It's the day after Thanksgiving, and the shopping frenzy has begun. Actually, some stores opened late in the evening on Thanksgiving Day, and many others opened at midnight or 1 a.m. today.
Those who create economic indices will be watching carefully to see what kind of money was spent today and the rest of the weekend.
By Monday, the business sections will be full of comparisons and prognostications. Was this year better or worse than last year? Will retailers end in the black? How much will the recent hurricanes and general world instability affect consumer willingness to spend during this holiday season?
Many churches, on the other hand, will be imploring people, "Don't forget what Christmas is all about! Remember, 'Jesus is the reason for the season.'"
We'll be saying, "Slow down, this is a time of preparation for the birth of the Savior."
We'll also be saying, "And if you really feel the need to spend a lot of money, for goodness sake, don't forget to give some to the church. Or at the very least, remember the homeless and hungry in the process of filling our already overfilled houses with even more things we really don't need."
This tension between church and society over this holiday is not new. When Oliver Cromwell and the Puritan Party came to power in England in the middle of the 17th century, all Christmas celebrations were outlawed. I also understand that anyone exhibiting the Christmas spirit in Boston in the mid- to late 1600s was fined.
All this came from their Puritan heritage. The motive was good. They wanted the people to remember the entrance of the Savior to the world with reverence and awe. But the means were awful — legislation that tells people they can't celebrate will never, ever work.
Personally, I think we need to honor the two different Christmases, both religious and economic.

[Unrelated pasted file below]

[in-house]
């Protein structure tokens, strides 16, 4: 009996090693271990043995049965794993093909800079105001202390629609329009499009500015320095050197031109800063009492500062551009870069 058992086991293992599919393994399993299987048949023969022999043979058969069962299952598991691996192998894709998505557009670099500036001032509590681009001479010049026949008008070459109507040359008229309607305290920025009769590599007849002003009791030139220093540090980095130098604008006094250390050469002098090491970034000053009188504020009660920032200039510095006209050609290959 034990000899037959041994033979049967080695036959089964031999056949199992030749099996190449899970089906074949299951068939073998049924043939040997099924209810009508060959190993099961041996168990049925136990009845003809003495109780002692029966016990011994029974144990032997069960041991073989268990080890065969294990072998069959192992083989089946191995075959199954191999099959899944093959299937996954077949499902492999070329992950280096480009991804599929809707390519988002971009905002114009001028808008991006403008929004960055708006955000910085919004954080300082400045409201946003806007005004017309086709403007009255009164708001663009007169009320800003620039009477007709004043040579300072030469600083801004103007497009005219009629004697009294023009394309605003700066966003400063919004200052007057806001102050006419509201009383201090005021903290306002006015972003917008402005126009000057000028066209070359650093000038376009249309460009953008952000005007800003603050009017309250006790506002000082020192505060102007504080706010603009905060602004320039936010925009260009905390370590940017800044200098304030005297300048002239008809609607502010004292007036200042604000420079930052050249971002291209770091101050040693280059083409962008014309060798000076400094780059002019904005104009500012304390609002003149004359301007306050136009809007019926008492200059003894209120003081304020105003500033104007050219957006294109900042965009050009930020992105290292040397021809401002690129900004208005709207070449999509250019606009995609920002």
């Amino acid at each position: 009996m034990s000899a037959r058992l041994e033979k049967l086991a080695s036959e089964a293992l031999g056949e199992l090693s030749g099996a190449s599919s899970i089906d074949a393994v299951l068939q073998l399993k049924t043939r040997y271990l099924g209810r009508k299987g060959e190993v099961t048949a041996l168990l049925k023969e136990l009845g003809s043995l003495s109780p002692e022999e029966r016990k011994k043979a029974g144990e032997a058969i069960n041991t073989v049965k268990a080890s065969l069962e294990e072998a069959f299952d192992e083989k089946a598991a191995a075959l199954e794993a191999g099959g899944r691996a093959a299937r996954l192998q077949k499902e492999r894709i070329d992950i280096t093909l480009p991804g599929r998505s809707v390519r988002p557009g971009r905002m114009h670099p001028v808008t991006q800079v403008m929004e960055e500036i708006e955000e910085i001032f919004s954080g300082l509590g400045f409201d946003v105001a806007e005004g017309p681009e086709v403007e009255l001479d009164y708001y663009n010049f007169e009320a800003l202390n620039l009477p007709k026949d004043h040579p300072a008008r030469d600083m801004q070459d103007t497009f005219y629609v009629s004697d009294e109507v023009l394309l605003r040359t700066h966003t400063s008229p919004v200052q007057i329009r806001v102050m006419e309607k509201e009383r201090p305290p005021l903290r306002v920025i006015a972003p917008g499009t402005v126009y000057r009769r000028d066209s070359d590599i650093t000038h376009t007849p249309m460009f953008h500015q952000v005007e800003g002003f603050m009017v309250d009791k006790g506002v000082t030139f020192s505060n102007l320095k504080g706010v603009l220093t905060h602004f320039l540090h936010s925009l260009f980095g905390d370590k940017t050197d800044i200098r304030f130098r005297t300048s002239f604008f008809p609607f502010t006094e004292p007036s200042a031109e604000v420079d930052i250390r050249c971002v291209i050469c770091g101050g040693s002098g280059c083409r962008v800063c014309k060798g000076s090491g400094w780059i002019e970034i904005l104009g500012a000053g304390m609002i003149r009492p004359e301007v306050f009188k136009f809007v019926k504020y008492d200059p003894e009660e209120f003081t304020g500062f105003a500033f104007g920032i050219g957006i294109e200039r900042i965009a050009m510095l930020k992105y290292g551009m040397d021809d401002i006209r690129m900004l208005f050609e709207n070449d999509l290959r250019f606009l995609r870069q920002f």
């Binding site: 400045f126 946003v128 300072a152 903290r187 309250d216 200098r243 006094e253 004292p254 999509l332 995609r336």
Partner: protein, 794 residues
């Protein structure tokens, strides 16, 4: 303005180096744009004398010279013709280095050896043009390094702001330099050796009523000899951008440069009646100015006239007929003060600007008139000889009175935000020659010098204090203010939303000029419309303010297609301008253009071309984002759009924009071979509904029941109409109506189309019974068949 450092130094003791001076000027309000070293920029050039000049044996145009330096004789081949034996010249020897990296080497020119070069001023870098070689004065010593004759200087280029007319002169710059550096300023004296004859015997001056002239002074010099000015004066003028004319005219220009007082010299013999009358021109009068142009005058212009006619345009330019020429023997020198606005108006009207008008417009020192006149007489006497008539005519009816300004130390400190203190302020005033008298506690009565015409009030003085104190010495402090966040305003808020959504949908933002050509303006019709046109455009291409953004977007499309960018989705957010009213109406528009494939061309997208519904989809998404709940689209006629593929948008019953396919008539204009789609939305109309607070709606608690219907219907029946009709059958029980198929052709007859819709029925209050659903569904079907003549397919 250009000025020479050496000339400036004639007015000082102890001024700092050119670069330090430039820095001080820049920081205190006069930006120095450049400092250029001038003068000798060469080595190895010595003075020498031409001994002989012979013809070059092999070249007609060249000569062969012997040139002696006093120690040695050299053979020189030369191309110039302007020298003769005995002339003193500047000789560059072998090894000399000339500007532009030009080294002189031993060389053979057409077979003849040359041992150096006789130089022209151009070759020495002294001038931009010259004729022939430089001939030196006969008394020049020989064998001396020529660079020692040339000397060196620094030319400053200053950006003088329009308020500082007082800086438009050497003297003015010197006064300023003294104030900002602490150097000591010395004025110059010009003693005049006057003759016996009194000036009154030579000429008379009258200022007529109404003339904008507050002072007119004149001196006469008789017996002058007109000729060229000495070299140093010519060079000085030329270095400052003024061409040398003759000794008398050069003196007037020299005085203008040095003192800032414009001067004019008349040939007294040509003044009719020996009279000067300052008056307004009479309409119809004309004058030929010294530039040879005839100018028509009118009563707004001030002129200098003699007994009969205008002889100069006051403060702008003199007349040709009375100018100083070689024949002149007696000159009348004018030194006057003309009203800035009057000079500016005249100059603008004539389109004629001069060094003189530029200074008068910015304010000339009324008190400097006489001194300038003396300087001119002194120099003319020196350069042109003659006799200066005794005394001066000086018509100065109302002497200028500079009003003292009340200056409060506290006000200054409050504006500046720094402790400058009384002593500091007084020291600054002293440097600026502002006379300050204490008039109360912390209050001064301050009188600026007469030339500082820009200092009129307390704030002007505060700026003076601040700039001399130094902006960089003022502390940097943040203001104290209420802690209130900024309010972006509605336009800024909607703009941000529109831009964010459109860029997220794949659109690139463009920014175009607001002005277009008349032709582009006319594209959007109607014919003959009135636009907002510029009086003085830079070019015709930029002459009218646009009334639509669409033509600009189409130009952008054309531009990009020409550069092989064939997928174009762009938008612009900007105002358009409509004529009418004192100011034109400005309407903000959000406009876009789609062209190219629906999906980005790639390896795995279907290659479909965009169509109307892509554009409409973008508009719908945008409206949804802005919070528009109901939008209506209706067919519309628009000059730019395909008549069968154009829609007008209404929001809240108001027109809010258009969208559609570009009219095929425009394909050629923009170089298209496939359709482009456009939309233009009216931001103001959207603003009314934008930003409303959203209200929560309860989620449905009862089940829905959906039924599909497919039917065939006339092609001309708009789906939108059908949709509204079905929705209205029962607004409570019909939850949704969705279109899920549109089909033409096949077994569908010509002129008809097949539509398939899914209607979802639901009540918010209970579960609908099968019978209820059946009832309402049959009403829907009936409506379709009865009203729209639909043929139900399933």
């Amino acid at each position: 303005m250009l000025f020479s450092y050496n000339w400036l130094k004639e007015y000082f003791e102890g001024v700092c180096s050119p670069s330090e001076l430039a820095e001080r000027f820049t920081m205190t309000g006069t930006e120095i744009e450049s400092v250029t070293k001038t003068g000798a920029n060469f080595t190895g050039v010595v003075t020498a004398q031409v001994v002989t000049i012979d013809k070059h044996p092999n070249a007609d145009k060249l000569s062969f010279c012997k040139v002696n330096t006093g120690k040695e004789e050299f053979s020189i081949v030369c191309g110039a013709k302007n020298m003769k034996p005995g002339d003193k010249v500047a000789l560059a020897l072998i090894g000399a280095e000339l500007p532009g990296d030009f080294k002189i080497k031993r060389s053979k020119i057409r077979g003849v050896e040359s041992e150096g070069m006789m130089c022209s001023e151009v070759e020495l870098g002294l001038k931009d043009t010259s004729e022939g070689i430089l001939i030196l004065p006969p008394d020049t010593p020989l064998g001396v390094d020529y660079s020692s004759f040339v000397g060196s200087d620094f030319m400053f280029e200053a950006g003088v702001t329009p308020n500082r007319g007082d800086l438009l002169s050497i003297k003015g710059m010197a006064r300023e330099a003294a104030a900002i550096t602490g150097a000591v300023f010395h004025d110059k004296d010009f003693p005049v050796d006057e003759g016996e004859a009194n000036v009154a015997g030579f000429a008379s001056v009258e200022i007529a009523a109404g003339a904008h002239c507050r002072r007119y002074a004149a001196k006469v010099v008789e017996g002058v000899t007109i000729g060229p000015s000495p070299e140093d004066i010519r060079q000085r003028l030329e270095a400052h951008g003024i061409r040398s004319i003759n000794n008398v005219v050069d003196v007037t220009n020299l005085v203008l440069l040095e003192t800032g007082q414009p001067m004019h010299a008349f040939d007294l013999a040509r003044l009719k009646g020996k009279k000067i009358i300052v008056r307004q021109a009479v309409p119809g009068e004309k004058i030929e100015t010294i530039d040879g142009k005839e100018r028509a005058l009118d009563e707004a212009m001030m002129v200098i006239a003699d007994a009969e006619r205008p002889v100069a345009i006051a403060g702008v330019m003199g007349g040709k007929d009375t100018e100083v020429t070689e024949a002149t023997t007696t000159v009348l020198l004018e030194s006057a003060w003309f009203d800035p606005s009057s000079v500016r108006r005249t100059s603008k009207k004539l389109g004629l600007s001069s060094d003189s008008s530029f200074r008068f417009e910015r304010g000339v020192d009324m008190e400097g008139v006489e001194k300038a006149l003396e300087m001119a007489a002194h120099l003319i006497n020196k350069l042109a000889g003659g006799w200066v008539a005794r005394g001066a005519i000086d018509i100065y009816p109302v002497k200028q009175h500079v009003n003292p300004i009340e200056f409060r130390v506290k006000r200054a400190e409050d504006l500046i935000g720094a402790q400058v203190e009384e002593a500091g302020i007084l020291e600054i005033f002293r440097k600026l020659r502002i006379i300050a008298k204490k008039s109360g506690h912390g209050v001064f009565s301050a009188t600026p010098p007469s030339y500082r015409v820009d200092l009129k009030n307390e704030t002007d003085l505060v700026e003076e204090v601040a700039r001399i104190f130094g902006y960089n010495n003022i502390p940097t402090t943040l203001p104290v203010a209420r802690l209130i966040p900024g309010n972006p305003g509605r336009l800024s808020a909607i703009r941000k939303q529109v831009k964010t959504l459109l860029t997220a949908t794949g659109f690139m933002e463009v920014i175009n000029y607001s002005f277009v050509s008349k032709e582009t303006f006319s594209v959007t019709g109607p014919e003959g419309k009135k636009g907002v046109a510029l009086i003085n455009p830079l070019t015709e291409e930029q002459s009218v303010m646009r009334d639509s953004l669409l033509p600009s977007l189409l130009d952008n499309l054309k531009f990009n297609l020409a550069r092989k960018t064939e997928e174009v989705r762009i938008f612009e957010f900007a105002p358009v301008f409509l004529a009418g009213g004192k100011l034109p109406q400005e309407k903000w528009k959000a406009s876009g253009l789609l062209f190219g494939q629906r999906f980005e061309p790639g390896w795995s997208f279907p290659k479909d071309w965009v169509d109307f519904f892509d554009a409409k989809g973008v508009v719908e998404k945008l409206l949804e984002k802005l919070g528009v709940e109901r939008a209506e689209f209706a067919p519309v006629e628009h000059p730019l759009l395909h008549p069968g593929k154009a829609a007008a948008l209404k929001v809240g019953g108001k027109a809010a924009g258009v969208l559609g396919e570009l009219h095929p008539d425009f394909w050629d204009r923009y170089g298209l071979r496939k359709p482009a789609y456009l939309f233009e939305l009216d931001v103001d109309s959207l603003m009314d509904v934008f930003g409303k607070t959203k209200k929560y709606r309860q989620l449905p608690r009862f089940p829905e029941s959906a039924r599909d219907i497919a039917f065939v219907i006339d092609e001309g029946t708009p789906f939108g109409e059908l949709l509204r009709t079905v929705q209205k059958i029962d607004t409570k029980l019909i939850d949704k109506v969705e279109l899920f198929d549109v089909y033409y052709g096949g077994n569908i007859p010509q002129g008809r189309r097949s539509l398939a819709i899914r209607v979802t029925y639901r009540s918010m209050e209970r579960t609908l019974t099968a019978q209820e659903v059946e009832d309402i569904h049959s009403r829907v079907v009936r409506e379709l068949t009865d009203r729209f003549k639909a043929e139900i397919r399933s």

It's the church's job to encourage us to recognize that the world does indeed need a Savior and to use this time to prepare for it. That is why we call this season "Advent." It simply means "coming." The Sent One is soon to arrive.
It's a time to decorate with greens, for the evergreen is a sign of life and hope. The wreath that many hang on their doors is the circle that represents the eternality of God. Just as the circle has no beginning or end, in God there is no beginning and no end.
The Advent Candles, three violet ones and one rose-colored, will be progressively lit, adding one each Sunday. These remind us that the Light of the World is indeed coming and we need to get ready for that.
Advent music — and these are not holly, jolly Christmas carols but songs full of theological depths generally sung in a minor key — call us to reflection. The scripture readings implore us to make a way, to smooth the road, to welcome the unthinkable.
We get to ask some good questions during these preparatory times.
Where have we stood on the side of injustice? When have we ignored the poor, the hopeless, the oppressed?
More, when have we helped people get even poorer, to lose more hope, to land in stickier oppression?
And yet deeper: In what ways have we been complicit in supporting rank injustice and destructive practices because it is easier to stay silent and dangerous to speak out?
All these questions help us to understand the religious Christmas better.
The other, the economic Christmas, asks us to support the merchants, the creators of arts and crafts, the developers of fascinating consumer products.
In the U.S., a lot of businesses live and die by their Christmas sales. We do well to shop enthusiastically but wisely — planning to not carry Christmas debt past January. Indeed let us open our wallets and indulge our loved ones.
Let's let loose with parties and joy and giving and relaxation and vacations. We can consider others and fill food pantries and go into a baking frenzy and enjoy multiple sports activities and take a break from work and school.
We do well to play, to plan surprises, to express our hope for the future.
One suggestion: Set aside 10 percent of the monies for gift purchases and offer it to worthy and responsible charitable organizations. Those gifts may get someone off the street and into more stable life or help someone who feels lost and hopeless find spiritual grounding and hope again.
Let's celebrate both, and do so with enthusiasm.
So, let the party begin. Shop well, have fun with the preparations, and come to church each week in Advent. Take a couple of hours each Sunday to open your hearts anew to the Savior. Plan on attending a Christmas Eve worship service.
Prepare your homes and prepare your hearts. You can do both and I hope you will.
Email questions to the Rev. Christy Thomas to firstname.lastname@example.org, "like" her Facebook page at Christy Thomas or message her on Twitter at @christythomas, or by mail to: The Thoughtful Pastor, 3555 Duchess Drive, Denton, TX 76205.
FEATURED PHOTO: A man takes a rest from shopping at the Viewmont Mall in Dickson City, Pa., on Friday. (Butch Comegys, The Times & Tribune/AP)